The Hairdresser’s Husband
“Film is the medium that gives room to our fantasies, most of the time harmless, since they are fantasies. The cinema is often more beautiful than life, if only because we write the screenplay.” – Leconte
The Hairdresser’s Husband (1990) is a film so fantastical, so sensual, so romantic, that you can not help but sigh in ached longing…a longing that, deep down, you know is untouchable, but how good it is to be drenched so thoroughly in it in a French hairdressing salon, on sunny afternoons and stormy nights?
Dreamers. Lovers. However they came to be we do not know, and it does not matter. They are so content together, indeed so happy that they seem immune to the ravishing of life’s toil. Passion consumes their lives. The day begins with it, and ends with it.
Throughout, its perfume permeates the air as sunlight streams through the window and sets her honey brown hair aflame. Her voluminous waves glowing, and the light stir as she moves, from the counter to the door, to the shampoo to the chair, to the door as the customer leaves, and she returns to her counter. The light and perfume stir with each step, whisper between them, around them.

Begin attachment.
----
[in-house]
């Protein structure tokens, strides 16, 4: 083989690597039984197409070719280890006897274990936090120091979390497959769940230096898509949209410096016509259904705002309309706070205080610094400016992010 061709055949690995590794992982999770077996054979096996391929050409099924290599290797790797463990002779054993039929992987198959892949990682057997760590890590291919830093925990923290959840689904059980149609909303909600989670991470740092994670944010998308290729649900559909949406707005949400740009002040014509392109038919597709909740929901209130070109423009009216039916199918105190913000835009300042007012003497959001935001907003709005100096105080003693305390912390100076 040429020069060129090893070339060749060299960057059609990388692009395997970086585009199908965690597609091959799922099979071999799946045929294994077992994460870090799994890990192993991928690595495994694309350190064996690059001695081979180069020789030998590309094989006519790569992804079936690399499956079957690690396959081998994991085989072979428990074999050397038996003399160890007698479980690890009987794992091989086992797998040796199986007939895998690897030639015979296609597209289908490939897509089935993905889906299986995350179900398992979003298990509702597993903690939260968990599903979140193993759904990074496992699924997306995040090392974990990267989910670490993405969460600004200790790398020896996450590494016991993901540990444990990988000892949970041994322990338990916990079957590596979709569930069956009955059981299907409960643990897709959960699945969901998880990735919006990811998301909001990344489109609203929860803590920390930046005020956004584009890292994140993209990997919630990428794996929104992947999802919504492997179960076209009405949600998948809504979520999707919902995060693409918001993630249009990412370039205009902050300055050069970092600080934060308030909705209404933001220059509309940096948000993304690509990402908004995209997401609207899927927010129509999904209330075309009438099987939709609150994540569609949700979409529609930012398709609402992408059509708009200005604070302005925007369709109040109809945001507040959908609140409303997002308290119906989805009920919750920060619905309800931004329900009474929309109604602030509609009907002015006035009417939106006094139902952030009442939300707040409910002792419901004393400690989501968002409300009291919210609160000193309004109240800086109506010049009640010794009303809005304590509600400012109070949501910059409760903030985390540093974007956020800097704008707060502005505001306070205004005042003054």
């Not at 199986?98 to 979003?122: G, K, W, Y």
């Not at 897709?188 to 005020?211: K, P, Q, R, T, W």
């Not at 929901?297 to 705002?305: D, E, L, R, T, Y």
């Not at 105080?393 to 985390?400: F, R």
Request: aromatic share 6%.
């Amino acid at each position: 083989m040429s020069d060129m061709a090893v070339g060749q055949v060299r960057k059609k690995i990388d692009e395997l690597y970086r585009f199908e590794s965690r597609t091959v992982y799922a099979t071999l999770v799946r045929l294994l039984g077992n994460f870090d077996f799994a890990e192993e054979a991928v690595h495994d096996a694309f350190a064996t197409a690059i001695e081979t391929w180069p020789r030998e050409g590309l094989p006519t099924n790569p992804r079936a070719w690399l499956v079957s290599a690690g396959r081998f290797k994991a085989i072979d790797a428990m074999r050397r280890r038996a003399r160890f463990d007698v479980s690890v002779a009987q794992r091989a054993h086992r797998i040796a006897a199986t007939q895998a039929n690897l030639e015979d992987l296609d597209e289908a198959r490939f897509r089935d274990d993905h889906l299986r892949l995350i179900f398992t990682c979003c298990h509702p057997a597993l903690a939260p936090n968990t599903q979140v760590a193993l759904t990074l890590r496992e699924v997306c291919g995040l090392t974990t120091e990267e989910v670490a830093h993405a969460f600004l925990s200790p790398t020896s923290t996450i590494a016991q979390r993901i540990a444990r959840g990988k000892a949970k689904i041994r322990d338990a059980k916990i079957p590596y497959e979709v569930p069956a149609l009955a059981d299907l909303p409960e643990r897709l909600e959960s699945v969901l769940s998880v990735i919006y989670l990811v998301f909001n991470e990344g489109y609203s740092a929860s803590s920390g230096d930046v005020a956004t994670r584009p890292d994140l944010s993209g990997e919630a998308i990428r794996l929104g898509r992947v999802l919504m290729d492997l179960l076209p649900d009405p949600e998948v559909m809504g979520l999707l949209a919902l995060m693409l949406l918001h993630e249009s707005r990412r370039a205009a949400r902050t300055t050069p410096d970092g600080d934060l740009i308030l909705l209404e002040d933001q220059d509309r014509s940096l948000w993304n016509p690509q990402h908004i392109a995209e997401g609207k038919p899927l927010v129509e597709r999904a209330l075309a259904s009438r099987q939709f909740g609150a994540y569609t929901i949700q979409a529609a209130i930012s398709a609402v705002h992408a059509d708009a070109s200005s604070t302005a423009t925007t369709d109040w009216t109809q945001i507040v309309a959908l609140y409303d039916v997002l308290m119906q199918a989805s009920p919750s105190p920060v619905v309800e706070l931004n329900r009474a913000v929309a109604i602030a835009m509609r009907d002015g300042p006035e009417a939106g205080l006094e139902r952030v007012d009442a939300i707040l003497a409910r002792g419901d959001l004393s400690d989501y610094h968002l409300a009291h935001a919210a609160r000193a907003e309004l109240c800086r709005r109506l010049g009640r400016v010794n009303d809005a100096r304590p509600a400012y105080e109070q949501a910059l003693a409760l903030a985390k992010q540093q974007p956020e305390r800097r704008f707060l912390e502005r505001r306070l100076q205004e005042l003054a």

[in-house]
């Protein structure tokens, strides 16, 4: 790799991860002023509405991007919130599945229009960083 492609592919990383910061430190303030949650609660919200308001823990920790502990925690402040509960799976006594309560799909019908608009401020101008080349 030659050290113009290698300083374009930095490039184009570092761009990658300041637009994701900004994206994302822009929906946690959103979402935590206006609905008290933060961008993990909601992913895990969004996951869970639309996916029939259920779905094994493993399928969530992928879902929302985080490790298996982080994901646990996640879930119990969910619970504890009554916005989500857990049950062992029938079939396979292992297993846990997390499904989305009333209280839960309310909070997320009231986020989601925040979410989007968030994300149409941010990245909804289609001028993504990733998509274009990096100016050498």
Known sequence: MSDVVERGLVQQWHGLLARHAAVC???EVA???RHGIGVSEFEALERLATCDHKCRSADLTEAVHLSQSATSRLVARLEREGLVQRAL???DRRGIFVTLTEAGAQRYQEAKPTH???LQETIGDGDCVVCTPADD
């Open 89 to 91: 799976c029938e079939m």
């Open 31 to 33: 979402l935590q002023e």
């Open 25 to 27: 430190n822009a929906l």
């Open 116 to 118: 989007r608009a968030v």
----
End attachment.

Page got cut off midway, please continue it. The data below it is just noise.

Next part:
He watches from the red sofa, knowing full well that this is exactly where he wants to be, where he should be. She looks up from the counter, a wordless smile passes between them, shared, stretching on like hot caramel with the passing of daylight. Little smiles and glances of joy spill unabashedly, so over-brimming of hearts that they drip like pearls with the streaming light, and are finally gathered again at the end of the day. Dusk falls, the door closes after the last customer. She hikes up her dress and unbuttons her blouse. He stands up from the red sofa. Passion leads day into night, and then begins all over again…
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